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Date: Mon, 30 Nov 2020 10:09:41 +0100
From: Matthias Gerstner <>
Subject: Re: kdeconnect: CVE-2020-26164: multiple security
 issues in kdeconnectd network daemon


On Tue, Oct 13, 2020 at 02:29:12PM +0200, Matthias Gerstner wrote:
> following is a security review report concerning kdeconnect [1].

this is an amendment to my original report. Upstream wanted to keep this
private until they had something to address it. Originally I raised the
following additional concern:

    ## General Observations and Recommendations
    ### Pairing Procedure
    The pairing procedure currently seems lacking. The GUI component only presents
    the friendly 'deviceName' to identify peer devices, which is completely under
    attacker control. Furthermore the 'deviceName' is transmitted in cleartext in
    UDP broadcast messages for all other nodes in the network segment to see.
    Therefore malicious devices can attempt to confuse users by requesting a
    pairing under the same 'deviceName' to gain access to a system.
    I strongly suggest to introduce a secure procedure here, like displaying the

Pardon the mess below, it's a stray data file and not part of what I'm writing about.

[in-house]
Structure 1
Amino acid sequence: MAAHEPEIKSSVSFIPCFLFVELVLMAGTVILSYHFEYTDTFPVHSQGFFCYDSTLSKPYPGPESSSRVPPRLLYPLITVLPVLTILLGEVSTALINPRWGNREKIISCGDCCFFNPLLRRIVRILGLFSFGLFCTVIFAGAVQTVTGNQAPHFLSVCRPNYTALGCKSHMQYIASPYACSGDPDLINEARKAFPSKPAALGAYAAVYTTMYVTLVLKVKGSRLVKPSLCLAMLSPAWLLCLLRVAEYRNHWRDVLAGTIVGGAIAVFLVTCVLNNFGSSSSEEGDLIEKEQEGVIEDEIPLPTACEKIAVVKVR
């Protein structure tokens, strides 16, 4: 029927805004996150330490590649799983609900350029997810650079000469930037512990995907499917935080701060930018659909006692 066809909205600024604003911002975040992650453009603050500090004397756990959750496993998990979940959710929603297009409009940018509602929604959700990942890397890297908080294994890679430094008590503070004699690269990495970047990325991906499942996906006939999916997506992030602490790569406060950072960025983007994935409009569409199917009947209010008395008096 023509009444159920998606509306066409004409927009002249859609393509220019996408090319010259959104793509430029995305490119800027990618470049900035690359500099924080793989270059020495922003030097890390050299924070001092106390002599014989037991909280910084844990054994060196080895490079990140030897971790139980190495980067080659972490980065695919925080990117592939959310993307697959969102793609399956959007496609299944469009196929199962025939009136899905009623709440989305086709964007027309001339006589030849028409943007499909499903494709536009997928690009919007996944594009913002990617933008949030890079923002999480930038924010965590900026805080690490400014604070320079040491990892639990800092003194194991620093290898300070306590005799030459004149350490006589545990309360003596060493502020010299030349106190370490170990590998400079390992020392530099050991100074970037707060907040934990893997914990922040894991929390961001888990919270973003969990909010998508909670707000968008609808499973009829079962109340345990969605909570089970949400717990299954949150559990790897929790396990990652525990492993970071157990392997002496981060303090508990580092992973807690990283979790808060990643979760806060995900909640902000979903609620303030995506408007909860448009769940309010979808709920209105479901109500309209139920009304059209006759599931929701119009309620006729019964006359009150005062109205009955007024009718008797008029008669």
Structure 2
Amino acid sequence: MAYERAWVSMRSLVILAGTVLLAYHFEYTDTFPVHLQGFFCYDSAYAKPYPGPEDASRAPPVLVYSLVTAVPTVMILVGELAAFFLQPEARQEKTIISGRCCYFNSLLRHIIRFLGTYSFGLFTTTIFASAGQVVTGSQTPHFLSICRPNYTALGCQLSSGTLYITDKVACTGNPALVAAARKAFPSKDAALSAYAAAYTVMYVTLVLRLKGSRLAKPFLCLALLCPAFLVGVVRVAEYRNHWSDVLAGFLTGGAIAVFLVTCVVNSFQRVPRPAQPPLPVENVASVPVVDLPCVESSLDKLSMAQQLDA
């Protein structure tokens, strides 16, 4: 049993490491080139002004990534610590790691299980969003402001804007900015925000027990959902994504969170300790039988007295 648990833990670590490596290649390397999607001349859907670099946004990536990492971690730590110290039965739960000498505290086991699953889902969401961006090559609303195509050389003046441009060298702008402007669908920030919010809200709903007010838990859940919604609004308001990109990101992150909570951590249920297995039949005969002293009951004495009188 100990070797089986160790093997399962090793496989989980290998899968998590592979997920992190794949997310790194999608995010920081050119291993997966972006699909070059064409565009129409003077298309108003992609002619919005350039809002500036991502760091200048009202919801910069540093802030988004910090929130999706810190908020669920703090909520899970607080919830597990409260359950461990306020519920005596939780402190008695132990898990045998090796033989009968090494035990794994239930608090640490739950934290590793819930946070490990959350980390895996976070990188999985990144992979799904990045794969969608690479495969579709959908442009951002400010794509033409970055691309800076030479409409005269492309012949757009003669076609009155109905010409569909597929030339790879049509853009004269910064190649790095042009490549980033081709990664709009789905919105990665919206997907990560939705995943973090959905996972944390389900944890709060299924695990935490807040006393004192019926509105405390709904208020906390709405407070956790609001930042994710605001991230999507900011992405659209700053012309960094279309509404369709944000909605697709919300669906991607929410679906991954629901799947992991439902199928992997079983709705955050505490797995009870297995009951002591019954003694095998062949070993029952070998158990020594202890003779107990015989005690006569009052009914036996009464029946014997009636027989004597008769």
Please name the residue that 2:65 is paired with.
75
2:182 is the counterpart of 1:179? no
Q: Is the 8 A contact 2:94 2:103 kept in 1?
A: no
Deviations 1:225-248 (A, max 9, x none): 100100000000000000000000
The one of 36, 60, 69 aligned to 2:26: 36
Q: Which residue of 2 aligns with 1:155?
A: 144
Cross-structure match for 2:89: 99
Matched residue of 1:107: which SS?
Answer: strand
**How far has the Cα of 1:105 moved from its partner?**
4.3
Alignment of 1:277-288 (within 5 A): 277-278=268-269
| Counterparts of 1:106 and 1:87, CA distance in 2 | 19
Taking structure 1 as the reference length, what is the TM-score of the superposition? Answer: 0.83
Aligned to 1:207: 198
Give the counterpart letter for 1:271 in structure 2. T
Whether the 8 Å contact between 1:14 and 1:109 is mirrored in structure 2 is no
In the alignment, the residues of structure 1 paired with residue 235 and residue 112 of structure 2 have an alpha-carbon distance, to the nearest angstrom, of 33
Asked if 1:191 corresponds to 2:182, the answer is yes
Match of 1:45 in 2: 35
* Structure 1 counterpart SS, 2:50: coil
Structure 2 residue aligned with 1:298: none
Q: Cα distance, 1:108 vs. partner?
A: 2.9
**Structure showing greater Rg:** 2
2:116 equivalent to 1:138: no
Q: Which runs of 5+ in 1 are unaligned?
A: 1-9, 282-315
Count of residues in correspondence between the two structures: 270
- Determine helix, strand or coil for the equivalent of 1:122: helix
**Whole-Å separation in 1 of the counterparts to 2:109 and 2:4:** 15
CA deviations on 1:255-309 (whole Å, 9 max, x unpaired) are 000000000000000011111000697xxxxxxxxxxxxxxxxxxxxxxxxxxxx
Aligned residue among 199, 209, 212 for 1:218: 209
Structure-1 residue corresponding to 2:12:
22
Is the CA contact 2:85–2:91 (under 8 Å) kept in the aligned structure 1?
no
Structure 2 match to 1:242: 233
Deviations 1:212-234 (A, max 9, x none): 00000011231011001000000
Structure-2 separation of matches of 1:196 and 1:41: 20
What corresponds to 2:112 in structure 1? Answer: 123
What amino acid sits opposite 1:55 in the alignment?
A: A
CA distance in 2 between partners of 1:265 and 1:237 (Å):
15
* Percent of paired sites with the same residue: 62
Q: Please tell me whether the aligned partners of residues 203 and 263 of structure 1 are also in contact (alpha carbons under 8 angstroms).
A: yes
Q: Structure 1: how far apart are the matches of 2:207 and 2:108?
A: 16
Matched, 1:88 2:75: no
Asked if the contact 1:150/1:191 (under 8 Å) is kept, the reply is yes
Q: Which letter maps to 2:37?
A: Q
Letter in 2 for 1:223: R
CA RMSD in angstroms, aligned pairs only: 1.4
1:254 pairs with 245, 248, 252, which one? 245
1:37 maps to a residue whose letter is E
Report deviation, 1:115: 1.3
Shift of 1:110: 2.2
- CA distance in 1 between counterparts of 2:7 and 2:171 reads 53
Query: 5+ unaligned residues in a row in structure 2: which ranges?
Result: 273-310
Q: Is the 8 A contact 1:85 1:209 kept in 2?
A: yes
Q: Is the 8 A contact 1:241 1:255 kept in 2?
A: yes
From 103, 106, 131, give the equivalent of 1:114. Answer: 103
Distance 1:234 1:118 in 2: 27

certificate fingerprint to the user.

Upstream addresses this now [1]. A sha256 fingerprint of the
concatenated public keys of the two involved certificates is displayed.
I'm not completely happy with the chosen solution, because in the
initial popup only a prefix of 8 hex digits of the fingerprint is
displayed. The full fingerprint is only reachable via an additional
"view key" button. There are no additional instructions for the end user
and no explanation about the severity of trusting a device. At least in
theory it is now possible to do a proper peer device verification.

Other discussed approaches to make the verification more user friendly
and/or more secure would have been:

- displaying a randomart image in the fashion of ssh-keygen.
- scanning a QR code displayed on the PC end using the kdeconnect
  Android app.
- requiring the user to enter (at least part of) the fingerprint on the
  PC end to force proper user interaction. Since the pairing procedure
  should not occur very often and given the importance of verifying
  device identity this would have been justified.




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